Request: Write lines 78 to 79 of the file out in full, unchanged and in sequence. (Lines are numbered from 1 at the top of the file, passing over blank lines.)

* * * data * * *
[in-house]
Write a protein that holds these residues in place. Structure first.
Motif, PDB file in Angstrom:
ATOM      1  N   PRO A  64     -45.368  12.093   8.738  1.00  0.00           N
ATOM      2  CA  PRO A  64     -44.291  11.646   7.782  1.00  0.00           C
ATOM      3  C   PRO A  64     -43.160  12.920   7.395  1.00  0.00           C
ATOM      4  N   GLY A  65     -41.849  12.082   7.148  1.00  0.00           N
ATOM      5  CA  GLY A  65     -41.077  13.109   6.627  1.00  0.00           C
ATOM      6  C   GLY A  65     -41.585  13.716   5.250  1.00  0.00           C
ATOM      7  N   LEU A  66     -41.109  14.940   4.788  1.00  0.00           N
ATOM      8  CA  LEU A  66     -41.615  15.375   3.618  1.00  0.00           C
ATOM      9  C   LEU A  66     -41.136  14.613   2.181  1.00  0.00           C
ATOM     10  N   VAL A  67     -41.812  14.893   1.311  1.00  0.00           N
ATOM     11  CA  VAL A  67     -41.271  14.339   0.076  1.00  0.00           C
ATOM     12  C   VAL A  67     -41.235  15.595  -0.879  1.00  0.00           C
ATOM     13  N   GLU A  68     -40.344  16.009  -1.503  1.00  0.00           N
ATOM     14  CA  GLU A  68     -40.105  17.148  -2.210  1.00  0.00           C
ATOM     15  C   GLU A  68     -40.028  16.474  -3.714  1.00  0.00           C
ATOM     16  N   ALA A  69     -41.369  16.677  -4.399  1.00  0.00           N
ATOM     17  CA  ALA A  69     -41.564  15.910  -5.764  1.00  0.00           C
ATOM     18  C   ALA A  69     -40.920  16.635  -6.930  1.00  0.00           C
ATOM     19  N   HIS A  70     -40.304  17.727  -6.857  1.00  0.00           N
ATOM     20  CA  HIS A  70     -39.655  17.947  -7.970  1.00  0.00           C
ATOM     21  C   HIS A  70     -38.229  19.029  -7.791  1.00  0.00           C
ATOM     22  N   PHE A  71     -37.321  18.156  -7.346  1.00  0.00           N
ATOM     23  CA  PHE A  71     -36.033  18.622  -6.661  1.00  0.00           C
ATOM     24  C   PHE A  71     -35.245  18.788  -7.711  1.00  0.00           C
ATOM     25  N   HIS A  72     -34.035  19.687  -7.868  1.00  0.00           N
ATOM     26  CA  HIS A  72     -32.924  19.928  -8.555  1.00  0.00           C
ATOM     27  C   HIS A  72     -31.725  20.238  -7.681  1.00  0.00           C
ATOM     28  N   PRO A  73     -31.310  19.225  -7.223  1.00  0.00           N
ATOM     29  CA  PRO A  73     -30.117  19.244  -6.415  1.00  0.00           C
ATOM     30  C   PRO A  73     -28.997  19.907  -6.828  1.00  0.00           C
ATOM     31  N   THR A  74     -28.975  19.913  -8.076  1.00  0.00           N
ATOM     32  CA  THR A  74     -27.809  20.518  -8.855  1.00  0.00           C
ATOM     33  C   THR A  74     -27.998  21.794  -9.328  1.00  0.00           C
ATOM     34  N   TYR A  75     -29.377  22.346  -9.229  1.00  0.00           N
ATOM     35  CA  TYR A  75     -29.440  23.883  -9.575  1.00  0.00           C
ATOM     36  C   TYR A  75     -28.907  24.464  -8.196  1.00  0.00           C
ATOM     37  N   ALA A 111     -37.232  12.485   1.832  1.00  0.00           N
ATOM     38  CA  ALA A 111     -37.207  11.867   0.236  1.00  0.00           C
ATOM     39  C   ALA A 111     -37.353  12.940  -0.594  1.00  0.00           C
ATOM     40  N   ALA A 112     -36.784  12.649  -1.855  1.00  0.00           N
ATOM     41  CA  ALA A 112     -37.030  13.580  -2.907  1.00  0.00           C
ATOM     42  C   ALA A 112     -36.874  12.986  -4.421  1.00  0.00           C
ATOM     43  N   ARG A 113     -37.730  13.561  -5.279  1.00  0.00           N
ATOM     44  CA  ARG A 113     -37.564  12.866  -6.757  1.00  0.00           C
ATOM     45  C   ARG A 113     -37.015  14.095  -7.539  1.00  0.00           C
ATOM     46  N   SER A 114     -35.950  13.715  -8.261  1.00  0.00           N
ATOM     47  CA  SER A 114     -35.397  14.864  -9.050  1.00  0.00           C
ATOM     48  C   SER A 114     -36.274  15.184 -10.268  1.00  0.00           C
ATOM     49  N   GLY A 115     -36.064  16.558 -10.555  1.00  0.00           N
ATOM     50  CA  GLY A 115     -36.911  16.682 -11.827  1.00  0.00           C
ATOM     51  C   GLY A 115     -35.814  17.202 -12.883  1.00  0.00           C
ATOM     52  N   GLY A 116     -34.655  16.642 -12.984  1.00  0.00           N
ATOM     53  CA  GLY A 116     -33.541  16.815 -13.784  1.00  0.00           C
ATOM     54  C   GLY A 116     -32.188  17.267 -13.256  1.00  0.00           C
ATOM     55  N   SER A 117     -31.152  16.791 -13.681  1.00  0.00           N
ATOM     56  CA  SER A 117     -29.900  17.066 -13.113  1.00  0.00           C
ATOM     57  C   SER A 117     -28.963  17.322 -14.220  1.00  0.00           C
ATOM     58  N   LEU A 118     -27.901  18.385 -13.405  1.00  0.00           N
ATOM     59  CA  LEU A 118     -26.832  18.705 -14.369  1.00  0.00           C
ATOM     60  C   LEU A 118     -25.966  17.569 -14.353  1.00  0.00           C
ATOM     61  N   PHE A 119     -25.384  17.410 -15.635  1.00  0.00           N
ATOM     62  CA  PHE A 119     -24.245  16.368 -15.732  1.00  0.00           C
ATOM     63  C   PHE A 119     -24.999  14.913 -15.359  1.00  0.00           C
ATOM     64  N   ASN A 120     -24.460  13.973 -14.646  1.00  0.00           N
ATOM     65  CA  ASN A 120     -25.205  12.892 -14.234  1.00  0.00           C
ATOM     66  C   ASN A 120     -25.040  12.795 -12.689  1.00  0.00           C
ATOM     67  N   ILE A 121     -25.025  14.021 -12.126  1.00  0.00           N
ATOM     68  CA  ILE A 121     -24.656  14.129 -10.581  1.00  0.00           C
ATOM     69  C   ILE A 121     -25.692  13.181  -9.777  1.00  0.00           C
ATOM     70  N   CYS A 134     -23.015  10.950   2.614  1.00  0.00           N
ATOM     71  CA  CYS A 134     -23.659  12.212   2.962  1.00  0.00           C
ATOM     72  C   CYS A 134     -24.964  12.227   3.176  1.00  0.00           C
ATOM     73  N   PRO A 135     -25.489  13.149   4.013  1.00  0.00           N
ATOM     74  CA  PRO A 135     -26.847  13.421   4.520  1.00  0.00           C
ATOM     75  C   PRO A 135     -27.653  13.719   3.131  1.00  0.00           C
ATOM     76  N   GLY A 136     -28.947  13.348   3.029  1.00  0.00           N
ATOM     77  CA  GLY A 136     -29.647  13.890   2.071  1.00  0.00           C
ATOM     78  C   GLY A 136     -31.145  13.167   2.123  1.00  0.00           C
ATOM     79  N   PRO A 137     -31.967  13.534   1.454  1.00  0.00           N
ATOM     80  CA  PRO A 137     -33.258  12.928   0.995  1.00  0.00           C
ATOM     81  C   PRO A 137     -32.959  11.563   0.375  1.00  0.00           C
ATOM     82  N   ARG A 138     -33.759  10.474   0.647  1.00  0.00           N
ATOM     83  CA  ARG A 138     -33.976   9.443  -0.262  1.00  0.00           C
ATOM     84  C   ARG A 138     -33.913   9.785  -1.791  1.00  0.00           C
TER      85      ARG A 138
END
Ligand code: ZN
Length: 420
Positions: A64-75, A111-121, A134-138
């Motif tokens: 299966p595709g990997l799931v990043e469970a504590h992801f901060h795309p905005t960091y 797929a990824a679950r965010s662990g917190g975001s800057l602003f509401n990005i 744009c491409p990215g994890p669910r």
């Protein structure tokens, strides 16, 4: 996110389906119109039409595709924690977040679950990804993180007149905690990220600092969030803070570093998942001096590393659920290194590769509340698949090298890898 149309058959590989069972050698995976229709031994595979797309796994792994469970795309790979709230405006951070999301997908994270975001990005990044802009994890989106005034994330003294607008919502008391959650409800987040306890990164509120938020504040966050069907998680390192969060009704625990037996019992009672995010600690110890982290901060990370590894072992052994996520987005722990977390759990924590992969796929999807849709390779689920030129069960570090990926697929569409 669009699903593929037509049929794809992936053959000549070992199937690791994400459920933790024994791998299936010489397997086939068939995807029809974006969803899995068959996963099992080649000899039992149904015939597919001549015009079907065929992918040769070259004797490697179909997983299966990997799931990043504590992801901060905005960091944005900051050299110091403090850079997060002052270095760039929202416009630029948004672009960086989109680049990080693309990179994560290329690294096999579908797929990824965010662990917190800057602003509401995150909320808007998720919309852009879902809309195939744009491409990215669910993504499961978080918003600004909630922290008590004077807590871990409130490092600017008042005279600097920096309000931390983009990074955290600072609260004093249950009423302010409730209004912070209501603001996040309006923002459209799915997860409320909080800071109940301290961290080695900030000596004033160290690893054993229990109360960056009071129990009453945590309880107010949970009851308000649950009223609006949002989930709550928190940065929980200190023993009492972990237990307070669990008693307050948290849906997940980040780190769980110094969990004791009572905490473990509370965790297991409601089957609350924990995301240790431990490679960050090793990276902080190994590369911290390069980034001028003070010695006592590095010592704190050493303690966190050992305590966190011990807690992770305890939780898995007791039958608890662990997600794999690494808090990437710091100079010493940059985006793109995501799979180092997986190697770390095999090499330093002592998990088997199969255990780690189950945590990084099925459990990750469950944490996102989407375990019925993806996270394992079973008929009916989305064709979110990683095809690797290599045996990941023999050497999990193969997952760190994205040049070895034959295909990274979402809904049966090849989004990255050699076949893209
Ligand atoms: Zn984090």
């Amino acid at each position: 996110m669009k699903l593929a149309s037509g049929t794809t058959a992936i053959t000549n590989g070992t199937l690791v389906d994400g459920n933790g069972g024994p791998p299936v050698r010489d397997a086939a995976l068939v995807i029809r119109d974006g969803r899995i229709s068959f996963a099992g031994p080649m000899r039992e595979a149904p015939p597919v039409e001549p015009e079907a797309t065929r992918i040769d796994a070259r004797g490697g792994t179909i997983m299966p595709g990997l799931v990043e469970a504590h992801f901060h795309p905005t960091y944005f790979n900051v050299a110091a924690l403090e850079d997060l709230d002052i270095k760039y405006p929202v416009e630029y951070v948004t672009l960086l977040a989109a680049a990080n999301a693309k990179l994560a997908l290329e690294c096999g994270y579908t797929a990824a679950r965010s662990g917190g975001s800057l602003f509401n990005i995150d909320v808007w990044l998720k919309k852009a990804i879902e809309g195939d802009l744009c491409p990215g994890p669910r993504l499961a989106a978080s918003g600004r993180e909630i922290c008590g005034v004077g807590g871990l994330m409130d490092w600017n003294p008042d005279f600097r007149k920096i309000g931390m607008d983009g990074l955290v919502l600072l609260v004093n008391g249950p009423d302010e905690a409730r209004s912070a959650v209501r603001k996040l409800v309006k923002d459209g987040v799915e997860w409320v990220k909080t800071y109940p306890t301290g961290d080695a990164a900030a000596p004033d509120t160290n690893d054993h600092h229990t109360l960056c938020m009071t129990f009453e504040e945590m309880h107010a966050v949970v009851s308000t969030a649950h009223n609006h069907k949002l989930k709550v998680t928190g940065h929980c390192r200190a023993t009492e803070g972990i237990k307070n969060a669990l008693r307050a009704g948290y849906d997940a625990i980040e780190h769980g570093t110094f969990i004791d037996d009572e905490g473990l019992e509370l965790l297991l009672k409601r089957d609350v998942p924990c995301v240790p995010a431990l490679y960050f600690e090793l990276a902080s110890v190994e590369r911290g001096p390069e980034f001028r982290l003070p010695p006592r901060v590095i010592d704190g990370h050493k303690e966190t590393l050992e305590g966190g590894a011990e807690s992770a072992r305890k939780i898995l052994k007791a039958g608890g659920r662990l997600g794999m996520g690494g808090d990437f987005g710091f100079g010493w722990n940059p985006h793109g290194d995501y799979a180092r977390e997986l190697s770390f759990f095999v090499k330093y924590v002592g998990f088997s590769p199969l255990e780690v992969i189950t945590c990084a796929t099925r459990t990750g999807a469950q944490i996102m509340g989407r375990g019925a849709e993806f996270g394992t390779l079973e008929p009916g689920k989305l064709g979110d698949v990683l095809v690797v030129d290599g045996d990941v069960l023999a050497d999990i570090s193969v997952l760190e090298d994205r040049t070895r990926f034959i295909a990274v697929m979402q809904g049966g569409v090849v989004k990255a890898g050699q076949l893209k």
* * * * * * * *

ATOM     75  C   PRO A 135     -27.653  13.719   3.131  1.00  0.00           C
ATOM     76  N   GLY A 136     -28.947  13.348   3.029  1.00  0.00           N